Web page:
Icing is different from frosting. Frosting is a thicker addition that can bring a high level of sweetness, but if you're not careful, frosting can quickly devolve your cake into tasting like something bought out of the big chain grocery store's bakery. Chances are, if you're making a coffee cake, that's not the taste you're going for. Icing, on the other hand, is a thinner topping. It's a nice sugary glaze that isn't as dense but still brings a nice lift of sugar, all without bogging the taste down with too much unnecessary sweetness. Naturally, you should do what works best for your taste buds, but in our opinion, icing is the way to go.

6. Know when your cake is done

This is one of the biggest issues with baking a coffee cake (and, as you might guess, most cakes). You want a level of moisture that isn't dense, and at the same time isn't dry, but you also want to make sure your cake has baked all the way through. Wait too long in the oven and you have a dried-out, crumbly mess. Pull it out too soon and it's just wet batter that drops to the bottom of your stomach like a sugary brick.

First of all, it is always a good idea to know exactly what temperature your oven is running at. The listed temp on the oven isn't always accurate (especially if it is a few years old). We always recommend having a stand-alone oven thermometer so you know the exact temperature and can make any fine-tune adjustments as necessary.

As for knowing when you're coffee cake is done, you want to gently press the center of the cake. If it is springy, that's a good start. Now, use a toothpick, insert it into the cake, then pull it out. If it comes out cleanly and there's nothing sticking to the toothpick, the cake is ready.

7. Check your expiration dates

When dealing with baked goods you're relying on a lot of things to go right. The cake batter needs to have been mixed adequately, but not over-mixed. The cake batter needs to rise, it needs to cook evenly, it needs to not overheat in certain places, and yet you can't always tell what is going on inside the cake as you peer through the tinted oven window. With so many variables, you need to take out any possible negative culprits.

Check the expiration dates on all your products, including the flour and baking soda. It is easy to overlook the expiration date of these ingredients, and yet one of the main reasons why a cake comes out dense is because the baking soda or baking powder is past its prime. Thankfully, flours, baking sodas, and baking powders will typically last for well over a year, so you have plenty of time to use up your purchase.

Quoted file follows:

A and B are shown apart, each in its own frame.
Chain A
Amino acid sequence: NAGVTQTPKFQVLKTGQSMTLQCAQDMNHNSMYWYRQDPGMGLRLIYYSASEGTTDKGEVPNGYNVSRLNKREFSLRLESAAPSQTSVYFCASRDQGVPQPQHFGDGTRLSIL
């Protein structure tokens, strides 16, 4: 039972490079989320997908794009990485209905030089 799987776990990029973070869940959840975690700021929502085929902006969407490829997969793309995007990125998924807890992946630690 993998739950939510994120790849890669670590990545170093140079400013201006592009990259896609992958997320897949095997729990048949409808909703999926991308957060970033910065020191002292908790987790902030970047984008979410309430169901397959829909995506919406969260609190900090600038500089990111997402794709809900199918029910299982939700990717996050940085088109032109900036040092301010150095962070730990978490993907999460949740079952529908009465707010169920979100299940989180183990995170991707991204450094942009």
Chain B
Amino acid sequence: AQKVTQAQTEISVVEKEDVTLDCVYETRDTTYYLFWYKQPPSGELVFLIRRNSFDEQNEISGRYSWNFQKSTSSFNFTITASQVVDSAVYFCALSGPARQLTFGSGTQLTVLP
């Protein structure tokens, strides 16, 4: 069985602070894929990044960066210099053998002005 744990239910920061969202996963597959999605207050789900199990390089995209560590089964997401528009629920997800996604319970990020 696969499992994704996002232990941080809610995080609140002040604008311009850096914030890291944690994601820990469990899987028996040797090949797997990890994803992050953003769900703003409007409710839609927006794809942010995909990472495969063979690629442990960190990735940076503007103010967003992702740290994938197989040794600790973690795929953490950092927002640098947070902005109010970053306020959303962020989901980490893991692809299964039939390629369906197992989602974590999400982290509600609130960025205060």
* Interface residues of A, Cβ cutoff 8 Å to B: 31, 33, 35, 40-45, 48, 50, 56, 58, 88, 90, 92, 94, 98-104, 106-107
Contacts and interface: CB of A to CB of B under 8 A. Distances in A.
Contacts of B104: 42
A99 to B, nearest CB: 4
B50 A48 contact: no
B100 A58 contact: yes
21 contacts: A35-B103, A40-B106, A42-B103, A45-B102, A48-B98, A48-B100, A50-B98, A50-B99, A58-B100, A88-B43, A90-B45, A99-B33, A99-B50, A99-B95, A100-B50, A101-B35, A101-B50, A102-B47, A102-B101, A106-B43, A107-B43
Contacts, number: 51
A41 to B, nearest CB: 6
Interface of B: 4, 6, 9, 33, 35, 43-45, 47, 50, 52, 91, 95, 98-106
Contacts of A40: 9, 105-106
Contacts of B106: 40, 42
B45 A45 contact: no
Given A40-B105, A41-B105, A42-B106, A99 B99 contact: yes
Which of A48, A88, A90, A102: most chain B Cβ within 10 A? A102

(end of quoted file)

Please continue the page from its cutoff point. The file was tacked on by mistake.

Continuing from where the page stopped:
8. Don't overmix your coffee cake

If you didn't know you could overmix cake batter, you're not alone. Many people don't know it's possible to mix for too long. But what does mixing cake batter for too long do? It can heighten the gluten levels within the batter, which in turn will result in a tougher cake. And no, we don't mean a cake that can take a hit. We mean one that's not easy to chew.

Your coffee cake recipe will indicate what to look for when mixing your cake. Usually, you want to mix out large lumps of flour and other powders. However, it is generally okay if there are still some small bits within the mixture. If you find these little bits won't fully mix into an entirely smooth consistency, that is totally fine — leave them be. Attempting to go after the small clumps will increase the chance of overmixing your cake batter, which is far more devastating to the final product than leaving these little flour bits intact.

9. Baking powder to the rescue

Baking powder is the less-often-used cousin of baking soda, but hopefully you have both in your kitchen right now. Sure, baking soda is able to wash teeth, clean carpets, and disinfect stove tops, but baking powder is able to moisten up your cake. That's one superpower all bakers can rely upon, as sometimes it can feel like you're in an uphill battle to maintain a perfectly moist, decadent cake. 

If you have attempted your coffee cake recipe in the past but it continually comes out on the drier side, it's time to turn to baking powder. Adding a little extra will help boost the moisture level of your cake. It doesn't take much baking powder to enhance the moisture level of your coffee cake, and it also won't alter the flavor. So, if turning to sour cream isn't something you want to try out, baking powder is a viable option.

10. Remember ways to fix a dry coffee cake

Did the unthinkable happen and your cake came out dry? Before you toss it in the trash and run out to the local bakery with plans of pulling their label off and presenting it as your own creation there is still hope for that not-so-moist coffee cake. Yes, there's probably no time (or energy) to try again, but you can still pump a bit of moisture back into the cake and distract consumers of your baked good with a little sleight of hand as well. After all, what's good for magic is good for baking.

Before you add the icing over the top of your coffee cake, you'll want to drizzle it with a simple syrup. The dry cake will absorb the syrup, drinking in moisture like a thirsty camel in a desert oasis. And, if your cake is sturdy enough to let you slide it horizontally, you can bisect the cake into two, then slather the middle with frosting before placing the top half back into position. This layer of frosting will help break up the dry taste and instead, replace it with some sugary goodness. Nothing distracts from baking blemishes like a dollop of sugar.